Chad Thunberg

A CISO’s best advice for protecting a rapidly evolving remote workforce

As Yubico’s Chief Information Security Officer (CISO), I am responsible for the company’s security, risk management, and compliance programs. I have more than 20 years of experience solving complex security scenarios, but I have yet to encounter the unique landscape that we are collectively facing as IT leaders. 

Many of my peers and businesses across the globe are suddenly navigating new security complexities associated with managing a remote workforce — and it’s tough. Not only are IT teams scrambling to establish or scale technical infrastructures that can protect a rapidly growing remote workforce, but employees are also facing their own set of challenges. 

Individuals are working from home that have never worked outside of an office before; fear, uncertainty and doubt are on the minds of many; and most everyone is distracted by the influx of news, lack of social connection, or disrupted home routines. The unfortunate reality is that hackers thrive in times of crisis when the likelihood of human error are in their favor. 

While the state of current events can feel disheartening — even impossible — there are ways for organizations to immediately elevate their remote work security posture while also helping employees to feel supported. The following three areas will provide some immediate benefits to any organization, and will foster a more resilient working environment for everyone as we move forward together. 

Deploy strong authentication technology to secure remote access. 

Strong multi-factor authentication, like the YubiKey, serves an important role in providing an additional level of confidence in a user’s proof of identity. This is especially important with the changes in workflows. Behavioral- and heuristics-based detection controls may not function as well as intended, at least in the near term. Companies will need to rely on preventative measures until their detection systems are re-tuned and adapted.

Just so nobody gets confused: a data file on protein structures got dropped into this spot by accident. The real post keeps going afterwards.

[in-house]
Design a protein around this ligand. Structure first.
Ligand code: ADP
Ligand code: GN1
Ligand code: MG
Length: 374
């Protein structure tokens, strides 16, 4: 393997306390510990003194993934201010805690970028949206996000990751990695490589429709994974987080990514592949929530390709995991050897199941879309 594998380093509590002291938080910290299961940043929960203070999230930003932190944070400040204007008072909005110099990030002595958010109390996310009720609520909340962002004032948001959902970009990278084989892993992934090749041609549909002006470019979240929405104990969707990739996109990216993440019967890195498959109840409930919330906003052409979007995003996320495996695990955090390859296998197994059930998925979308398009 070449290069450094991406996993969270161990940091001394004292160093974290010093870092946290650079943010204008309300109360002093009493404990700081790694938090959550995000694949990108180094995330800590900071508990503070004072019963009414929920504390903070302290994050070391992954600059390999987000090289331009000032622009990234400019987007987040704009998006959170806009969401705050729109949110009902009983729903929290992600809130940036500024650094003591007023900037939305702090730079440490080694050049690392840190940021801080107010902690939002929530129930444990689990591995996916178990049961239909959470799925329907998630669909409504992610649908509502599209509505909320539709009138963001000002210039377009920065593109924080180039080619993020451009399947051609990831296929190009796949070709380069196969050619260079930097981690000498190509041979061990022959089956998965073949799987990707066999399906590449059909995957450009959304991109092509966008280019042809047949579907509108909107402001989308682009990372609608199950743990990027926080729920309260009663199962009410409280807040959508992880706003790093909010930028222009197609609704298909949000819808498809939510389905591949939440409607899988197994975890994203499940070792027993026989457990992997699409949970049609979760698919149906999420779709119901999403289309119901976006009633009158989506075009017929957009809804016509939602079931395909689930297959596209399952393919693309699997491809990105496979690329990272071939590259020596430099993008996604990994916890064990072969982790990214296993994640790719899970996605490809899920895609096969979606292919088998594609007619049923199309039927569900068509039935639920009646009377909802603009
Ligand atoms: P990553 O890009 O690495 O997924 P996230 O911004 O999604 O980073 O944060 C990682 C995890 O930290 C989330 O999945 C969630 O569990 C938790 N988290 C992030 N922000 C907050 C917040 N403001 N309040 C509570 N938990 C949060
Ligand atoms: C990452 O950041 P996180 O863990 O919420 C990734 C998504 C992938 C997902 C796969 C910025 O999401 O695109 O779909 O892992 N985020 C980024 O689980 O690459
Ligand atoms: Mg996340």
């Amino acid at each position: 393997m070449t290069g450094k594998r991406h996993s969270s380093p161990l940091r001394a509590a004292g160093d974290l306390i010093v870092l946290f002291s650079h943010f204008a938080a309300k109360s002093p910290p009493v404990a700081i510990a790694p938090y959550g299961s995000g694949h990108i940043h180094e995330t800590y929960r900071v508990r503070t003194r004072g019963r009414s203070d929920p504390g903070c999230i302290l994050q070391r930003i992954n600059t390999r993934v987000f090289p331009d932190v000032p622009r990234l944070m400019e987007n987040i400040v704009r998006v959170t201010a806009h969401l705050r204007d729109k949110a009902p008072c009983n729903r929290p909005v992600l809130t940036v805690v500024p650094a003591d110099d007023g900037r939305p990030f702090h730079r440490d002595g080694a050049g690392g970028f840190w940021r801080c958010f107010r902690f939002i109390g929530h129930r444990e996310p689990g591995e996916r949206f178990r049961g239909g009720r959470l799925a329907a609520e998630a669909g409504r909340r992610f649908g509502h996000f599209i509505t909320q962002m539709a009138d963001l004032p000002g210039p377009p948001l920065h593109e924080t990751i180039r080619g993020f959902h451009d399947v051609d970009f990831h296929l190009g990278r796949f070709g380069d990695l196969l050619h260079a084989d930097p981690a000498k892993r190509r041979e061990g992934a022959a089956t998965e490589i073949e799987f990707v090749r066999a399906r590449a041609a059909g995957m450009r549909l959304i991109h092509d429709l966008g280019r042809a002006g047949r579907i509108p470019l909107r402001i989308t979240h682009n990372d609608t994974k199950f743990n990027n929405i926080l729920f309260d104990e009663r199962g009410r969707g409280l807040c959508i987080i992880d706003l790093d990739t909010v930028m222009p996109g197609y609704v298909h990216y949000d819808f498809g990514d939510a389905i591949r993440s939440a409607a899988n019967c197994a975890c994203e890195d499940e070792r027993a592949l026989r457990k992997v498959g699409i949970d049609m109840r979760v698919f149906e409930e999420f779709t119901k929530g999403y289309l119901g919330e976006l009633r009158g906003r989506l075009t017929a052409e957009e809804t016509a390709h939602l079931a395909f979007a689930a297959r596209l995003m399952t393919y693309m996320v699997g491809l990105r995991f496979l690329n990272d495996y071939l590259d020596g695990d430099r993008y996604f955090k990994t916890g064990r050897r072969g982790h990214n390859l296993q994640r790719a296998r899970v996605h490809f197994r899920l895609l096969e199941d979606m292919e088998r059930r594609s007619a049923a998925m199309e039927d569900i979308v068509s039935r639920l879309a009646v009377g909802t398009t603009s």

Additionally, companies should expect to see an influx of social engineering attacks on all employees, but also specifically targeted at support personnel. These individuals are going to be inundated with support calls from employees, and will be working quickly — maybe even around the clock — to resolve issues. It’s the perfect environment to capitalize on user error, and I suspect we’ll see an increase in stolen credentials and hijacked accounts as a result. 

Maintain endpoint security, and plan for increased use of personal devices. 

Without oversight into employees’ work environments, it is necessary to have increased confidence in the endpoints that are accessing the company infrastructure. Environmental factors can pose significant threats including the unauthorized use of corporate assets by family members or the use of personal devices to access corporate assets. Both of these scenarios can increase the likelihood of a successful malware, ransomware, or phishing attacks. 

Using anti-malware or firewall software, strong authentication for computer logins, and simple best practices like frequent software updates or screen locking are critical to maintaining control of endpoints in unsecured work environments. 

Establish backups to address ransomware threats for remote workers.

A remote workforce is more likely to work offline and to store information on both company-issued devices and personal machines. A successful ransomware attack on either may lead to a greater impact on the employee and company. 

Successful recovery will require frequent and automatic backups of that information. Backups should happen seamlessly and not require the user to be connected to the corporate network via VPN.  

One of the main reasons I chose to join Yubico is to help address fundamental security issues facing the world. I believe now more than ever, our mission is critical to help ensure frontline and remote employees can work seamlessly without additional security risks. 

Even after companies begin to reduce their remote workforce and transition back to in-office working parameters, a business continuity plan with these three focal points will provide a sustainable security foundation to mitigate future risk.  

If you’re looking for other helpful tips on securing your remote workforce, tune into our on-demand webinar, 5 Ways to Protect Remote Workers From Account Takeover.’ Yubico’s Chief Solutions Officer, Jerrod Chong, shares some of the best practices for protecting identity and access management (IAM) platforms, VPN and VDI solutions, computer logins, SSH sessions, password managers, and more.